African Theatre 9: Histories 1850-1950

African Theatre 9: Histories 1850-1950

Edited by Martin Banham, James Gibbs, Femi Osofisan


James Currey



What kinds of documentation of performances exist - both of colonial and indigenous theatre and how may this range of documentation have affected how we read theatre history?
African performers, dramatists and directors have far out-paced chroniclers, critics and librarians, and as a result, those preparing accounts of theatre movements and performance on the continent have very limited resources to work on. African Theatre 9 addresses the topic of theatre history and, more specifically, looks at a selection of theatrical movements and events between 1850 and 1950.
Drawing on such archived resources as are available, this volume seeks to recover moments from the past by bringing together papers that explore the complexity of the relationships that characterised a century of contact, conflict, compromise and creativity. The findings provide essential background to understanding contemporary developments in African theatre, and draw attention to the importance of documenting performances.


Series Editors: Martin Banham, Emeritus Professor of Drama & Theatre Studies, University of Leeds; James Gibbs, Senior Visiting Research Fellow, University of the West of England; Femi Osofisan, Professor of Drama at the University of Ibadan; Jane Plastow, Professor of African Theatre, University of Leeds; Yvette Hutchison, Associate Professor, Department of Theatre & Performance Studies, University of Warwick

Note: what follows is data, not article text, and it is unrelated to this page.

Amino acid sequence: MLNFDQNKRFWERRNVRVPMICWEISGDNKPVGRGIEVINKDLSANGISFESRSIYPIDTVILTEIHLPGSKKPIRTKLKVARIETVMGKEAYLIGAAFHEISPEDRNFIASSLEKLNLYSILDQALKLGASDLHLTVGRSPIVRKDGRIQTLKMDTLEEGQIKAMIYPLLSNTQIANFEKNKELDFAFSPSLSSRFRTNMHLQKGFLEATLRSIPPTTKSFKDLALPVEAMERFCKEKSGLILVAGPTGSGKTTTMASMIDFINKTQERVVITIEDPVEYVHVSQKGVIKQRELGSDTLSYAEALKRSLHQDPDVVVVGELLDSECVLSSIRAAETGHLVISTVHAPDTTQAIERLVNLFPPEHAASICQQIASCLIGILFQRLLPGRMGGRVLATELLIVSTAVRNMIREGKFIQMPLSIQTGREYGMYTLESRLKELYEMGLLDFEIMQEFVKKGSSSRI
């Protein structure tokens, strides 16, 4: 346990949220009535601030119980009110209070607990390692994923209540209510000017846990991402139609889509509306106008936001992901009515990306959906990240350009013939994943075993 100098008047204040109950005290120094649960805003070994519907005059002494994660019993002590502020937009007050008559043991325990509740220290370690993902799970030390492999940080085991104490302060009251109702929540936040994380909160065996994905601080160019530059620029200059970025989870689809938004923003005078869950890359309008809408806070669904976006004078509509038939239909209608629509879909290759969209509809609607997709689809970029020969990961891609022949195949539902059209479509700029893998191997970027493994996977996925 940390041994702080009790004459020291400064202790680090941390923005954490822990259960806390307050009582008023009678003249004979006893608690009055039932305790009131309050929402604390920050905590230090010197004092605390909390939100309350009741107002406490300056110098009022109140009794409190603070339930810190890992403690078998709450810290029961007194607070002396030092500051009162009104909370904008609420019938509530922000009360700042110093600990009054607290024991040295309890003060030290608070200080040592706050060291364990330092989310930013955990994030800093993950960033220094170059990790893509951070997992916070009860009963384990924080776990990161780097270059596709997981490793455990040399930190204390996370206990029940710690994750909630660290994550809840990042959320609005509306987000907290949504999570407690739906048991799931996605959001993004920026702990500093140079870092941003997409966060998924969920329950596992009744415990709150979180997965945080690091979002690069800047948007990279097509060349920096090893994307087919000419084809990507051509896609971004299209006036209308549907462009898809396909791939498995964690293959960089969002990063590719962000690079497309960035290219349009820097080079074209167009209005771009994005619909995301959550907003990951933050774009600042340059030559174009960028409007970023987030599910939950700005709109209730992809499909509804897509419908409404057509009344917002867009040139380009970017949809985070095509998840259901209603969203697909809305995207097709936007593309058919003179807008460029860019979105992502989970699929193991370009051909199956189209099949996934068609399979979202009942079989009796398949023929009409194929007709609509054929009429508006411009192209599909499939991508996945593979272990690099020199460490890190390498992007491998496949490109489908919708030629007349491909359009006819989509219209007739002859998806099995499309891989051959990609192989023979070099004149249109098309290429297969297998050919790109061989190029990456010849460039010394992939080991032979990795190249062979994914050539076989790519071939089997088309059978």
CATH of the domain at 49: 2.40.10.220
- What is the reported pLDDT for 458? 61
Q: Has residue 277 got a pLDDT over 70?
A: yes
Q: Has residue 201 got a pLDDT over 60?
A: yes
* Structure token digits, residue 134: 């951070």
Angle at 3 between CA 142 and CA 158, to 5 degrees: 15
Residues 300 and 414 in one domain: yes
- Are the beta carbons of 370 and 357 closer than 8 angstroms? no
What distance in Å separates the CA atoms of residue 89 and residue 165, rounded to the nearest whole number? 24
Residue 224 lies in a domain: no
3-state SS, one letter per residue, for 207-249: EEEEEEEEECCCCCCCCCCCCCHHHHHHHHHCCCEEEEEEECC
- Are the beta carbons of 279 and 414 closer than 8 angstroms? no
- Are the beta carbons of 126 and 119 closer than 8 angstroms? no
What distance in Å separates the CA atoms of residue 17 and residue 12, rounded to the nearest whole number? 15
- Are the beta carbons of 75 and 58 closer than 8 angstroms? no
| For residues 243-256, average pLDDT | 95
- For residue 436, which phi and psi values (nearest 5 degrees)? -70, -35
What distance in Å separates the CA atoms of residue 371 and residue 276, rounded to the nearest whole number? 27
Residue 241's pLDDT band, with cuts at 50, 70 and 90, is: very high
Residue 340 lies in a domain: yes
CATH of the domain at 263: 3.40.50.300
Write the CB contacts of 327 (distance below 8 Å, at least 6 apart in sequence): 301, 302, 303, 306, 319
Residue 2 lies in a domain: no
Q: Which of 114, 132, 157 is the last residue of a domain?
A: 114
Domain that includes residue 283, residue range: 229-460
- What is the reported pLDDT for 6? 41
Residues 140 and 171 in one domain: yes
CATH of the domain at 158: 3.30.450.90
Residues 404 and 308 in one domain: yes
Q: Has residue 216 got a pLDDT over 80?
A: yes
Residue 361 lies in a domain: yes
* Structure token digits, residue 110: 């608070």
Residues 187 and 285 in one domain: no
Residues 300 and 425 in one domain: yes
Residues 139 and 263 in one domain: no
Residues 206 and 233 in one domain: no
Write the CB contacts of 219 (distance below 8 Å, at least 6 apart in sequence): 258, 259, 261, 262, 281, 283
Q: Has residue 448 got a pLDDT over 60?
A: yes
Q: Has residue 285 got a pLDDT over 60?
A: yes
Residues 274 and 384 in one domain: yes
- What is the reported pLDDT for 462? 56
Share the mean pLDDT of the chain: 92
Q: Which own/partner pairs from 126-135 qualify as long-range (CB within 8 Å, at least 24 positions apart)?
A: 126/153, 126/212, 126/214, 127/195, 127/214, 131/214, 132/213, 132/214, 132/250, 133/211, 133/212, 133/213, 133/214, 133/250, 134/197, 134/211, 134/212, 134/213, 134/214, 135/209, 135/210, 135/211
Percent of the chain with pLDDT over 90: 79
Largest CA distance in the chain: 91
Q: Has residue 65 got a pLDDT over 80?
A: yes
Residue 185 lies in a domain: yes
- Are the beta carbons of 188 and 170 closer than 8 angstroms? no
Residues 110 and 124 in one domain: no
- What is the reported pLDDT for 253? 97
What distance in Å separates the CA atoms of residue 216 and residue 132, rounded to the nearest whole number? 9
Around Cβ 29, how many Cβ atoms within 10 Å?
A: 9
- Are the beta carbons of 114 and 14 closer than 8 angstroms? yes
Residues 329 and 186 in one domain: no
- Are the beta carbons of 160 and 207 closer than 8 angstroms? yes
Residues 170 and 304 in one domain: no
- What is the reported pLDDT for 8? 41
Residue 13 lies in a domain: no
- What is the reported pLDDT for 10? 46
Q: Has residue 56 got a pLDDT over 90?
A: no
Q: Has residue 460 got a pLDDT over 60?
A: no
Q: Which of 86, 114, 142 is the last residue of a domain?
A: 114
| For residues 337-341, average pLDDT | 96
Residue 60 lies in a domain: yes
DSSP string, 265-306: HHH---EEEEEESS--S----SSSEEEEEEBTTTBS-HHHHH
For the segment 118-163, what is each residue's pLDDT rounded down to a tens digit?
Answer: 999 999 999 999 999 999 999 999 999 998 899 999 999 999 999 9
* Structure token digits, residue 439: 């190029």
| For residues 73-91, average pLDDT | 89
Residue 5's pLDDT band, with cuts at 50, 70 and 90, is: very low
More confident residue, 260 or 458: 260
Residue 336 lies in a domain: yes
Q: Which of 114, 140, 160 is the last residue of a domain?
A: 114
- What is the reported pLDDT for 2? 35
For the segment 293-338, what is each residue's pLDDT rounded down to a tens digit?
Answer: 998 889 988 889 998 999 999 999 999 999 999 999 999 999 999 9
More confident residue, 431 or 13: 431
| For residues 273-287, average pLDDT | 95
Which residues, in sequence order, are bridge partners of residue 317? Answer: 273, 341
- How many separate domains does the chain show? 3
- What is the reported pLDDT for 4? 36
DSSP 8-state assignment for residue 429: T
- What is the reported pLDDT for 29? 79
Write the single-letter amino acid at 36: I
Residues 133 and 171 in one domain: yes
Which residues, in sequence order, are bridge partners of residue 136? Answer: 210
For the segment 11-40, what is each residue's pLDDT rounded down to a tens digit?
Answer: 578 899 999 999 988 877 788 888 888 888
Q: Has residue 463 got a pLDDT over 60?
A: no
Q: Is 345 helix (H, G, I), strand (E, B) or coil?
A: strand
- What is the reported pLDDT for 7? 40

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November 2010
10 black and white illustrations
199 pages
21.6x13.8 cm
African Theatre
ISBN: 9781847010148
Format: Paperback
James Currey
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Table of Contents

Introduction - Yvette Hutchison
Looking for 'Eritrea's past property' (1947): archives & memories in Eritrean theatre historiography - Christine Matzke
Seeking the Founding Father: the story of Kobina Sekyi's The Blinkards (1916) - James Gibbs
Medieval morality & liturgical drama in colonial Rhodesia: early Christian martyrs dramatized - Owen Seda
Contesting constructions of cultural production in & through urban theatre in Rhodesia, c.1890-1950 - Samuel Ravengai
'Don't talk into my talk': oral narratives, cultural identity & popular performance in colonial Uganda - Sam Kasule
The leaf & the soap: a story of appropriation & resistance - Cristina Boscolo
The representation of Khoisan characters in early Dutch-Afrikaans dramas in South Africa - Marisa Keuris
Images of Africa in early twentieth-century British theatre - Steve Nicholson
The First African Play: Tekle Hawariat's Fabula: Yawreoch Commedia & its influence on the development of Ethiopian theatre - Jane Plastow
Playscript: Tekle Hawariat's Fabula: Yawreoch Commedia (The Comedy of Animals) translated from the Amharic by Belayneh Abuneh
Book Reviews


A most welcome addition to the African Theatre series as it updates and significantly expands on the scant literature that currently exists on the subject of African theatre history. AFRICA

This collection is a success, especially in its ability to bring to attention dramatic materials that were hitherto unknown to the public. It will appeal to a wide spectrum of academics and practitioners including statements, teachers, and researchers of African theatre. AFRICAN RESEARCH & DOCUMENTATION

This collection abounds in insight, presents new information, and articulates original ideas, thus succeeding in opening up fresh perspectives on the early history of theatre in Africa. MATUTU

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